Roll of Thunder, Hear My Cry Book Poster Image

Roll of Thunder, Hear My Cry

(i)

 

Compelling tale of family facing racism in '30s Mississippi.
Parents recommendPopular with kids

What parents need to know

Educational value

Shows what life was like for African-Americans in the pre-civil rights South, including the reality of lynchings, mob violence, and other threats. The book portrays -- but does not condone -- a racist society. 

Positive messages

Family loyalty, love, and pride can help you endure the worst things that come your way. No one should be judged by the color of their skin. 

Positive role models

Cassie is courageous and loyal to her family. Her parents do their best to protect their children, stick together, and not give up hope. 

Violence

Three men are set on fire; children are whipped by teacher and parents; children fight with each other; a teen boy is beaten by some older men; one man is shot. People are killed; the family is threatened by a white neighbor and by fire; a mob threatens people; and there are vague references to rape. Children fight and sabotage a school bus out of revenge. Characters break into a store and steal.

Sex
Not applicable
Language

Racial slurs and mild religious oaths.

Consumerism
Not applicable
Drinking, drugs, & smoking
Not applicable

Parents Need to Know

Parents need to know that Mildred D. Taylor's Newbery Award-winning Roll of Thunder, Hear My Cry is a lyrical, compelling story of 9-year-old narrator, Cassie Logan, and her family in Depression-era Mississippi. The 2016, 40th anniversary edition (pictured here) features cover art by Caldecott Honor-winner Kadir Nelson and an introduction by Jacqueline Woodson. The story builds to a fiery climax and features violence motivated by racial prejudice. A family is threatened by a white neighbor and by fire; a mob threatens people; three men are set on fire; children are whipped by teacher and parents; a teen boy is beaten by some older men; one man is shot; and there are vague references to rape. It's a meaningful tale of one family's struggle to keep their small piece of land and maintain their dignity under extremely challenging circumstances.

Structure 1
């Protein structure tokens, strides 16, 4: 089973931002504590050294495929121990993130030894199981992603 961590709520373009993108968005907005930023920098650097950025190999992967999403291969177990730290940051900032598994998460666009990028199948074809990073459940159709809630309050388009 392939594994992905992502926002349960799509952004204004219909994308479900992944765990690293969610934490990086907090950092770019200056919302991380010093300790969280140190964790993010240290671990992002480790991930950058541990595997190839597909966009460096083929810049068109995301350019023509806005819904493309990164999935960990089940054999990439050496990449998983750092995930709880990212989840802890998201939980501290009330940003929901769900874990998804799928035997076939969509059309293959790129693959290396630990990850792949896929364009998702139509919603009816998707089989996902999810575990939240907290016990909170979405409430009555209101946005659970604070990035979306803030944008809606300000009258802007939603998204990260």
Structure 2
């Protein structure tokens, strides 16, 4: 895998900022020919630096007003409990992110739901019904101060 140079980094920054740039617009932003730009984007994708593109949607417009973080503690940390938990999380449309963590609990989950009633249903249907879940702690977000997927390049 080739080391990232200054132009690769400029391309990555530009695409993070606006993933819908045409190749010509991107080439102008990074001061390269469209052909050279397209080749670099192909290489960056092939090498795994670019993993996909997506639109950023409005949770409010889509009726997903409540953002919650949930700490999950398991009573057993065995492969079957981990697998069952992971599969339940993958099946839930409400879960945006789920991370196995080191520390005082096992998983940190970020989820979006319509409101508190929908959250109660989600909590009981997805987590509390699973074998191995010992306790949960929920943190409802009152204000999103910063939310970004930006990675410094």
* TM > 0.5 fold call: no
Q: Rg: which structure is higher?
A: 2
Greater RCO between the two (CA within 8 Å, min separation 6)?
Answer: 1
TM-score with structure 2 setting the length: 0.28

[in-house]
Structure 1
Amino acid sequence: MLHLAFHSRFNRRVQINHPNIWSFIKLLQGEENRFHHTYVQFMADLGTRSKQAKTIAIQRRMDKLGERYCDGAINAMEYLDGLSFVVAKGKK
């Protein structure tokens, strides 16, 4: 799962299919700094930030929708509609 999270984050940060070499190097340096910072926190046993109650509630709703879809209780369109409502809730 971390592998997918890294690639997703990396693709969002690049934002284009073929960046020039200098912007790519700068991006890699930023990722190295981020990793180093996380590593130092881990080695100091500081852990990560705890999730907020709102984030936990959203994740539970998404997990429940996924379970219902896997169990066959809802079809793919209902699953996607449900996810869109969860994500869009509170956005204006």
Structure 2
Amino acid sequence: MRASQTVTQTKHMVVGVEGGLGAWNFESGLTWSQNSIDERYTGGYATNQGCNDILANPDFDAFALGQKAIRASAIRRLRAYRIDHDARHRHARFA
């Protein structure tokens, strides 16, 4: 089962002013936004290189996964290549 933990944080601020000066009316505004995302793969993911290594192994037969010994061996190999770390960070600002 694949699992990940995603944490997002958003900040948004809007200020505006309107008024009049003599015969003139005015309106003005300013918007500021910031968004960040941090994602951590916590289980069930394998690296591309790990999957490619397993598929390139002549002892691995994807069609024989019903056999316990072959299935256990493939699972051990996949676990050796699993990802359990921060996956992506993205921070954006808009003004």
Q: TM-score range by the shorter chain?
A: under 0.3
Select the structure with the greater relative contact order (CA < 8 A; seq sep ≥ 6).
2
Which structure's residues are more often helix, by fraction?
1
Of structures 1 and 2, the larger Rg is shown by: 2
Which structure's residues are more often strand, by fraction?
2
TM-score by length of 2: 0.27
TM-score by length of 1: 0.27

What's the story?

ROLL OF THUNDER, HEAR MY CRY recounts one turbulent year in the life of 9-year-old Cassie Logan's family as they're traumatized by inequality and racism in their small Mississippi town. Yet the novel effectively conveys, even in the midst of violence and hatred (including nightriders, arson, and lynching), the importance of family loyalty, as well as pride in the face of adversity.

 

Is it any good?

QUALITY

Readers will share Cassie's outrage and cheer her courage as she faces racism and violence in this compelling story. Even though she uncovers some pretty scary things, readers will be comforted knowing that she belongs to a strong and supportive family. It's this loyalty, love, and intense pride that enable the Logans to endure in the racist culture of 1930s Mississippi.

Author Mildred D. Taylor doesn't pull any punches as she describes terrorism by nightriders, burnings and near lynchings. This book should be read with or introduced by a parent or teacher, both for the disturbing content and to help explain undefined references, such as sharecropping and Reconstruction. Roll of Thunder, Hear My Cry is the best kind of historical fiction, in which powerful lessons from the past are encased in such an absorbing story with such unforgettable characters that children don't feel like they're "studying" history at all.

Families can talk about...